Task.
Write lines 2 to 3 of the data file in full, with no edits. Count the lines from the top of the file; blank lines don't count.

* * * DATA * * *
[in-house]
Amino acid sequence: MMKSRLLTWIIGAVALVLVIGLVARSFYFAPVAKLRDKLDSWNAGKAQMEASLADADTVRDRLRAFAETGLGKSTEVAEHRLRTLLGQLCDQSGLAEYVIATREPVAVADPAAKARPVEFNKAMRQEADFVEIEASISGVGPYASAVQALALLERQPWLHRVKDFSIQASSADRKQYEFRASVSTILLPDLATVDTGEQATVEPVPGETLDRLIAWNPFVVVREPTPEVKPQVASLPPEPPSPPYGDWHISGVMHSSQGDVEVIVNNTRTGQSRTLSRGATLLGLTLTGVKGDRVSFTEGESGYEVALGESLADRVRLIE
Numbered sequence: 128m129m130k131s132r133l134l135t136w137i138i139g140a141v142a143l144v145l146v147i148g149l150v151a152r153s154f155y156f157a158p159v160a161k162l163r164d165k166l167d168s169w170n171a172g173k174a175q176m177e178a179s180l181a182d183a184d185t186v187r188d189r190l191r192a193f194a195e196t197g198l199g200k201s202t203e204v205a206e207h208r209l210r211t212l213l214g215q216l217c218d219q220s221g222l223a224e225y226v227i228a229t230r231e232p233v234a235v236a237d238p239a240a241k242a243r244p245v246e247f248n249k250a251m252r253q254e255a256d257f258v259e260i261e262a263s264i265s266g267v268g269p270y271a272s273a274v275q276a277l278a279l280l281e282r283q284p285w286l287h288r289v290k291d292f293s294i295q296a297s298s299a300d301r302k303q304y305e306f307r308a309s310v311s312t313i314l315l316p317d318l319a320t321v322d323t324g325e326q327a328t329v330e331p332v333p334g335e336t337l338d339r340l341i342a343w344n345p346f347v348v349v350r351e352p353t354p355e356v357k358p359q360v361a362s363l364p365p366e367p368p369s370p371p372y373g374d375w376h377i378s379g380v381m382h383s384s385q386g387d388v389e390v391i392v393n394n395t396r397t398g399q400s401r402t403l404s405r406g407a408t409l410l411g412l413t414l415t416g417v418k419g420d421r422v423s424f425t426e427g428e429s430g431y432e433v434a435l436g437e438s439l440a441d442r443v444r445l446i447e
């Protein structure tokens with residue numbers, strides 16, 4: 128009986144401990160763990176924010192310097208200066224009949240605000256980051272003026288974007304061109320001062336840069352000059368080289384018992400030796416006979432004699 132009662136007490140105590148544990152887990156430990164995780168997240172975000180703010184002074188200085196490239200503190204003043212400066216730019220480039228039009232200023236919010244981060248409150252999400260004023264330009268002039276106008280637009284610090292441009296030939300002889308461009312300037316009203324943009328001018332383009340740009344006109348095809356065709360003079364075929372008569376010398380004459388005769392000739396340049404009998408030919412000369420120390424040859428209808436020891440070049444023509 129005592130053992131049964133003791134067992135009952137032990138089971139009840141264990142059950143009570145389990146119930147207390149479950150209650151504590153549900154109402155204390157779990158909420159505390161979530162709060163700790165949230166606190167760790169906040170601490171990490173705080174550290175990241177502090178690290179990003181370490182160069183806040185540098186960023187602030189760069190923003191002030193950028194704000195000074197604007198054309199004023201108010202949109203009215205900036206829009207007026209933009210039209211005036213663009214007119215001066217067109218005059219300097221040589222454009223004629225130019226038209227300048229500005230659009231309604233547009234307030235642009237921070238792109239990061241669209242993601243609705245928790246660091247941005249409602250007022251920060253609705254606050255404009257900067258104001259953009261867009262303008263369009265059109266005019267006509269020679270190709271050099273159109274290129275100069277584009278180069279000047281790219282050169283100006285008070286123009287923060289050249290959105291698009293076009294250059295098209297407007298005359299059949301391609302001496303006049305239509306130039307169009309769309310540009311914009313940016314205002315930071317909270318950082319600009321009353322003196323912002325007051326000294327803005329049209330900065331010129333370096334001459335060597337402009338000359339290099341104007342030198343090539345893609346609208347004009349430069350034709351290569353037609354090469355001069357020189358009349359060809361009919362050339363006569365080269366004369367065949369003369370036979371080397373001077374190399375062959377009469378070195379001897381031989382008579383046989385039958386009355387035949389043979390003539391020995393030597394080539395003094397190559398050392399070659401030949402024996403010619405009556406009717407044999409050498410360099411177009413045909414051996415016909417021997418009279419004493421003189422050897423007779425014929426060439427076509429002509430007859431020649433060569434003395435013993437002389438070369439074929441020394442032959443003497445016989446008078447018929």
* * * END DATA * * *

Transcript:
Amino acid sequence: MMKSRLLTWIIGAVALVLVIGLVARSFYFAPVAKLRDKLDSWNAGKAQMEASLADADTVRDRLRAFAETGLGKSTEVAEHRLRTLLGQLCDQSGLAEYVIATREPVAVADPAAKARPVEFNKAMRQEADFVEIEASISGVGPYASAVQALALLERQPWLHRVKDFSIQASSADRKQYEFRASVSTILLPDLATVDTGEQATVEPVPGETLDRLIAWNPFVVVREPTPEVKPQVASLPPEPPSPPYGDWHISGVMHSSQGDVEVIVNNTRTGQSRTLSRGATLLGLTLTGVKGDRVSFTEGESGYEVALGESLADRVRLIE
Numbered sequence: 128m129m130k131s132r133l134l135t136w137i138i139g140a141v142a143l144v145l146v147i148g149l150v151a152r153s154f155y156f157a158p159v160a161k162l163r164d165k166l167d168s169w170n171a172g173k174a175q176m177e178a179s180l181a182d183a184d185t186v187r188d189r190l191r192a193f194a195e196t197g198l199g200k201s202t203e204v205a206e207h208r209l210r211t212l213l214g215q216l217c218d219q220s221g222l223a224e225y226v227i228a229t230r231e232p233v234a235v236a237d238p239a240a241k242a243r244p245v246e247f248n249k250a251m252r253q254e255a256d257f258v259e260i261e262a263s264i265s266g267v268g269p270y271a272s273a274v275q276a277l278a279l280l281e282r283q284p285w286l287h288r289v290k291d292f293s294i295q296a297s298s299a300d301r302k303q304y305e306f307r308a309s310v311s312t313i314l315l316p317d318l319a320t321v322d323t324g325e326q327a328t329v330e331p332v333p334g335e336t337l338d339r340l341i342a343w344n345p346f347v348v349v350r351e352p353t354p355e356v357k358p359q360v361a362s363l364p365p366e367p368p369s370p371p372y373g374d375w376h377i378s379g380v381m382h383s384s385q386g387d388v389e390v391i392v393n394n395t396r397t398g399q400s401r402t403l404s405r406g407a408t409l410l411g412l413t414l415t416g417v418k419g420d421r422v423s424f425t426e427g428e429s430g431y432e433v434a435l436g437e438s439l440a441d442r443v444r445l446i447e